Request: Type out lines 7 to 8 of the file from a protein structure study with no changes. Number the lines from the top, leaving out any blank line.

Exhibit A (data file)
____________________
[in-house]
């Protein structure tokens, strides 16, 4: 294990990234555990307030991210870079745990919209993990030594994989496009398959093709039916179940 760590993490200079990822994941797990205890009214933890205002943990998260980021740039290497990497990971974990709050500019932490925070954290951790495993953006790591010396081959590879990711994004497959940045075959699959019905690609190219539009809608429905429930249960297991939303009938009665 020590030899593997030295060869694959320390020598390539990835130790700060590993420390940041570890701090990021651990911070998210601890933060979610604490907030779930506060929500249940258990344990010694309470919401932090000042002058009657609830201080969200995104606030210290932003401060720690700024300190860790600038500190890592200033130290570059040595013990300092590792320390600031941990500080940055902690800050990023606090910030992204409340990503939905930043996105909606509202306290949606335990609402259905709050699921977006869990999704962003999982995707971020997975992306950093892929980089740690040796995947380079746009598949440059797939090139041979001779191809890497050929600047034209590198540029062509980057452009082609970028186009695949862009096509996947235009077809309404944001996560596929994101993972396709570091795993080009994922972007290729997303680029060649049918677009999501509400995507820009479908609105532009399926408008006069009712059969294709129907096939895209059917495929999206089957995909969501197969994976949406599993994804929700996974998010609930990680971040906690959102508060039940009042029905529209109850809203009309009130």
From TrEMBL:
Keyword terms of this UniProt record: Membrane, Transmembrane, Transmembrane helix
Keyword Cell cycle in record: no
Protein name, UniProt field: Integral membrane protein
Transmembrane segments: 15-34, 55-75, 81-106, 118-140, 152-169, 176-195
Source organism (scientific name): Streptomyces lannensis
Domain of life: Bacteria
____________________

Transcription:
Transmembrane segments: 15-34, 55-75, 81-106, 118-140, 152-169, 176-195
Source organism (scientific name): Streptomyces lannensis